Academics, and students alike are all seeking to understand the route that nuclear development will undertake in the future- ‘Will proliferation accelerate? Who wants the bomb and why? How can the nuclear weapon states and non-nuclear weapon states prevent proliferation? Is the spread of nuclear weapons throughout the world inevitable?’
It is simply a case of uncertainty; ‘the future of nuclear proliferation is a political rather than strictly a technical question’– and I think it is safe to say that nothing is for certain when it concerns politics. A leading academic who specialises in the field of nuclear proliferation has kindly given his insight regarding the future of nuclear non-proliferation.
Dr Andrew Futter is a senior lecturer in International Politics at the University of Leicester. His research is focused primarily with contemporary nuclear weapons issues and how emerging technologies impact nuclear strategy, stability and arms control. He has published widely on nuclear issues, including his books; ‘The Politics of Nuclear Weapons’ and ‘Ballistic Missile Defence and US National Security: Normalisation and Acceptance after the Cold War’, as well as a range of journal articles such as ‘Iranian nuclear aspirations and strategic balancing in the Middle East’.
When asked about the importance of global denuclearization, Dr Futter stated that ‘global denuclearisation is unquestionably important given damage and implications of nuclear use – either deliberate or inadvertent.’ Yet the fear for foreign policy advisors, is not just merely non-nuclear states such as Iran preserving nuclear development- It is their reckless behaviour that could result in ‘nuclear proliferation, international disorder, and, ultimately, nuclear war’.
To address such fear held by the likes of Washington, I asked Dr Futter as to what steps he believes international organisations should take towards denuclearization- he highlighted the importance of ‘broader dialogue beyond simply nuclear issues – i.e., address the security challenges that underpin the desire to acquire or keep nuclear forces.’
The OEWG (Open-Ended Working Group) was set up by the UN and aims to ‘develop proposals to take forward multilateral nuclear disarmament negotiations for the achievement and maintenance of a world without nuclear weapons’. However, nuclear weapon states, including the United States have not attended the OEWG meeting. And whilst the OEWG seeks global denuclearization, Dr Futter states that there are two main barriers to this; ‘(1) there simply isn’t enough trust between states with nuclear weapons; (2) several states continue to see nuclear weapons as essential to their national security.’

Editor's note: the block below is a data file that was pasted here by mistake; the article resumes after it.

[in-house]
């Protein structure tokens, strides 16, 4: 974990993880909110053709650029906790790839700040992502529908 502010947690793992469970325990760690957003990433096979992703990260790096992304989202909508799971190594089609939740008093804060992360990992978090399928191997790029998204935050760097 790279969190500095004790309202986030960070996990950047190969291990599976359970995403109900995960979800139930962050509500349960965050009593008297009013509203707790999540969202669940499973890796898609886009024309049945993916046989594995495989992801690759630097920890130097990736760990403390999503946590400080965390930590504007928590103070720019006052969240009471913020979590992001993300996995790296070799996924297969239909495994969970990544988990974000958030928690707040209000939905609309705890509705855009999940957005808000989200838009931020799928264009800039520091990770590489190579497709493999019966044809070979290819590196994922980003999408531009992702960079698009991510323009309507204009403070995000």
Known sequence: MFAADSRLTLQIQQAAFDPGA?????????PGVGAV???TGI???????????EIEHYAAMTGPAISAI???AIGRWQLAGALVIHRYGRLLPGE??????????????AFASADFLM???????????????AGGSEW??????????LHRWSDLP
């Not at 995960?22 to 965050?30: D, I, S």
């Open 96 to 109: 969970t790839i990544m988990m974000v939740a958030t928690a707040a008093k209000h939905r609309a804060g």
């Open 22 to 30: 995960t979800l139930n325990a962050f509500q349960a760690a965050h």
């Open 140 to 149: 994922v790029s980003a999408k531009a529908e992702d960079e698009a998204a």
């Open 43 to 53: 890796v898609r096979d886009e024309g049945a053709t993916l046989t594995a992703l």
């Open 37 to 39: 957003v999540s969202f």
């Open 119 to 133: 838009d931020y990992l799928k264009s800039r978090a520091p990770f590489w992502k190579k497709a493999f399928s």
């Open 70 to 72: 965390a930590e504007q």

President-elect, Donald Trump heavily criticised the Iran Nuclear Deal that was negotiated by (current president) Barack Obama, during his election campaign. This caused concern amongst many academics, foreign policy advisors and the general public. In light of such controversial statements made by Trump, it’s worth noting whether academics have an optimistic or pessimistic stance on the future of nuclear non-proliferation, based on the policies current world leaders may undertake. Dr Futter believes that ‘there will be further proliferation, but this will be limited. It is conceivable to see another 3-4 nuclear powers over the next 20-30 years. This will not necessarily mean nuclear use, but will unquestionably raise the risks.’
Nuclear weapons were first created out of a perceived threat to security and the case remains for their continued maintenance and development. Hence, the concept of a nuclear free world can seem a little too ambitious, but this I think should not take away from its crucial importance; the fact remains that if a nuclear war was to happen- the repercussions are clear.
Foreign Policy. ‘President Trump and the Iran Nuclear Deal’ (2016) Accessed 4th December, 2016. Available at: http://foreignpolicy.com/2016/11/16/president-trump-and-the-iran-nuclear-deal/
Glen Chafetz. ‘The End of the Cold War and the Future of Nuclear Proliferation: An Alternative to the Neorealist Perspective’ (2010): 125-158. Accessed 4th December, 2016. Available at: http://www.tandfonline.com/doi/abs/10.1080/09636419309347522?journalCode=fsst20&
Jacques E. C. Hymans. ‘The Threat of Nuclear Proliferation: Perception and Reality’ Ethics & International Affairs (2013): 281-298. Accessed 3rd December, 2016. Available at: http://www-bcf.usc.edu/~hymans/Hymans%20Ethics%20and%20International%20Affairs%20FINAL%20PUBLISHED%20Sept%202013.pdf
Reaching Critical Will. ‘Open-ended working group on nuclear disarmament’ (2016) Accessed 3rd December, 2016. Available at: http://www.reachingcriticalwill.org/disarmament-fora/oewg
The New York Times. ‘Denuclearization must be Global’ (2016) Accessed 3rd December, 2016. Available at: http://www.nytimes.com/2016/05/09/opinion/denuclearization-must-be-global.html?_r=2
U.S. History. ‘The Manhattan Project’ (2016) Accessed 3rd December, 2016. Available at: http://www.ushistory.org/us/51f.asp